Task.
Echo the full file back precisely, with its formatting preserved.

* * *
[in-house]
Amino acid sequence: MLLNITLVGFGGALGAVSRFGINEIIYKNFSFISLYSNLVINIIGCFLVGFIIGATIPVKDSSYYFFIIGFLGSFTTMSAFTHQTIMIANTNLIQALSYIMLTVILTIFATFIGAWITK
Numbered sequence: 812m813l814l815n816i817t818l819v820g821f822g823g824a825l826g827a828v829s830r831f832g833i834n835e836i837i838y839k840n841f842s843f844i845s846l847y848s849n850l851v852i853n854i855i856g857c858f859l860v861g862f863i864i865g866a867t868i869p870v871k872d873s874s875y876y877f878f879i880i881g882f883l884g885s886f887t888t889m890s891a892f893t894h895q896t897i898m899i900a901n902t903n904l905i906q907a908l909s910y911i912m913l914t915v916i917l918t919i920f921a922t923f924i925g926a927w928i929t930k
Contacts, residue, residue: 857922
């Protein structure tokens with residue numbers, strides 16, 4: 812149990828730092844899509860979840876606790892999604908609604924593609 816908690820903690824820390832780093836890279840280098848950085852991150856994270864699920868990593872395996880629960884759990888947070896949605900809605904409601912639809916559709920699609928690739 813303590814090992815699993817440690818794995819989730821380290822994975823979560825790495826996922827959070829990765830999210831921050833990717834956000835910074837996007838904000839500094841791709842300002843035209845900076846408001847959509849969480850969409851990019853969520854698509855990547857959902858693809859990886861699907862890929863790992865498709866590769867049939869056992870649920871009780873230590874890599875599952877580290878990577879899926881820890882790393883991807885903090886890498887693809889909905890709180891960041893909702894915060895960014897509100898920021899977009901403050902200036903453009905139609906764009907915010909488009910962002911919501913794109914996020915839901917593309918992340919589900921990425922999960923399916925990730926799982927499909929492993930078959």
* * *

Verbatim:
[in-house]
Amino acid sequence: MLLNITLVGFGGALGAVSRFGINEIIYKNFSFISLYSNLVINIIGCFLVGFIIGATIPVKDSSYYFFIIGFLGSFTTMSAFTHQTIMIANTNLIQALSYIMLTVILTIFATFIGAWITK
Numbered sequence: 812m813l814l815n816i817t818l819v820g821f822g823g824a825l826g827a828v829s830r831f832g833i834n835e836i837i838y839k840n841f842s843f844i845s846l847y848s849n850l851v852i853n854i855i856g857c858f859l860v861g862f863i864i865g866a867t868i869p870v871k872d873s874s875y876y877f878f879i880i881g882f883l884g885s886f887t888t889m890s891a892f893t894h895q896t897i898m899i900a901n902t903n904l905i906q907a908l909s910y911i912m913l914t915v916i917l918t919i920f921a922t923f924i925g926a927w928i929t930k
Contacts, residue, residue: 857922
């Protein structure tokens with residue numbers, strides 16, 4: 812149990828730092844899509860979840876606790892999604908609604924593609 816908690820903690824820390832780093836890279840280098848950085852991150856994270864699920868990593872395996880629960884759990888947070896949605900809605904409601912639809916559709920699609928690739 813303590814090992815699993817440690818794995819989730821380290822994975823979560825790495826996922827959070829990765830999210831921050833990717834956000835910074837996007838904000839500094841791709842300002843035209845900076846408001847959509849969480850969409851990019853969520854698509855990547857959902858693809859990886861699907862890929863790992865498709866590769867049939869056992870649920871009780873230590874890599875599952877580290878990577879899926881820890882790393883991807885903090886890498887693809889909905890709180891960041893909702894915060895960014897509100898920021899977009901403050902200036903453009905139609906764009907915010909488009910962002911919501913794109914996020915839901917593309918992340919589900921990425922999960923399916925990730926799982927499909929492993930078959």